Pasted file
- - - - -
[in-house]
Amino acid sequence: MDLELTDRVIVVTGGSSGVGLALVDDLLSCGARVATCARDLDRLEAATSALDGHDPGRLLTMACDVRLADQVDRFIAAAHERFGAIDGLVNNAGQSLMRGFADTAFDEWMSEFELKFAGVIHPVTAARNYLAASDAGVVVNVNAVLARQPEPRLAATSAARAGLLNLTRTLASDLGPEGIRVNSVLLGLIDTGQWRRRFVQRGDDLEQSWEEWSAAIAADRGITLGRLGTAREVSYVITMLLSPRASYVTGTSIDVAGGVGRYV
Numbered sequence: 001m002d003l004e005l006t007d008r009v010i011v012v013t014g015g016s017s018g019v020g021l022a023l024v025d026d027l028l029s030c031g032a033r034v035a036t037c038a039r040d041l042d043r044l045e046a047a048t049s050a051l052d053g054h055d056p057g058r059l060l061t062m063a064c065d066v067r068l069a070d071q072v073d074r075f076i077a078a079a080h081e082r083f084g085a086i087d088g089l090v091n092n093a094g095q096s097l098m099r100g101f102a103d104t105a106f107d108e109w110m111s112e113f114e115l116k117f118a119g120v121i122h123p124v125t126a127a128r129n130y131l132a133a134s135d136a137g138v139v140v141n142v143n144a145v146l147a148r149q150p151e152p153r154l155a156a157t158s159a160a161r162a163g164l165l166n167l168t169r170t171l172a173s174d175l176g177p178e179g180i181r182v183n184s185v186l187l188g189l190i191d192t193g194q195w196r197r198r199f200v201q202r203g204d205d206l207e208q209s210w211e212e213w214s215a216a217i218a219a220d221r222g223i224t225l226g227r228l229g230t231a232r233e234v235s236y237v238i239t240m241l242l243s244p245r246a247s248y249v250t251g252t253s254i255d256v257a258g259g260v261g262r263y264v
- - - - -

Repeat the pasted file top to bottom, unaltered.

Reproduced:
[in-house]
Amino acid sequence: MDLELTDRVIVVTGGSSGVGLALVDDLLSCGARVATCARDLDRLEAATSALDGHDPGRLLTMACDVRLADQVDRFIAAAHERFGAIDGLVNNAGQSLMRGFADTAFDEWMSEFELKFAGVIHPVTAARNYLAASDAGVVVNVNAVLARQPEPRLAATSAARAGLLNLTRTLASDLGPEGIRVNSVLLGLIDTGQWRRRFVQRGDDLEQSWEEWSAAIAADRGITLGRLGTAREVSYVITMLLSPRASYVTGTSIDVAGGVGRYV
Numbered sequence: 001m002d003l004e005l006t007d008r009v010i011v012v013t014g015g016s017s018g019v020g021l022a023l024v025d026d027l028l029s030c031g032a033r034v035a036t037c038a039r040d041l042d043r044l045e046a047a048t049s050a051l052d053g054h055d056p057g058r059l060l061t062m063a064c065d066v067r068l069a070d071q072v073d074r075f076i077a078a079a080h081e082r083f084g085a086i087d088g089l090v091n092n093a094g095q096s097l098m099r100g101f102a103d104t105a106f107d108e109w110m111s112e113f114e115l116k117f118a119g120v121i122h123p124v125t126a127a128r129n130y131l132a133a134s135d136a137g138v139v140v141n142v143n144a145v146l147a148r149q150p151e152p153r154l155a156a157t158s159a160a161r162a163g164l165l166n167l168t169r170t171l172a173s174d175l176g177p178e179g180i181r182v183n184s185v186l187l188g189l190i191d192t193g194q195w196r197r198r199f200v201q202r203g204d205d206l207e208q209s210w211e212e213w214s215a216a217i218a219a220d221r222g223i224t225l226g227r228l229g230t231a232r233e234v235s236y237v238i239t240m241l242l243s244p245r246a247s248y249v250t251g252t253s254i255d256v257a258g259g260v261g262r263y264v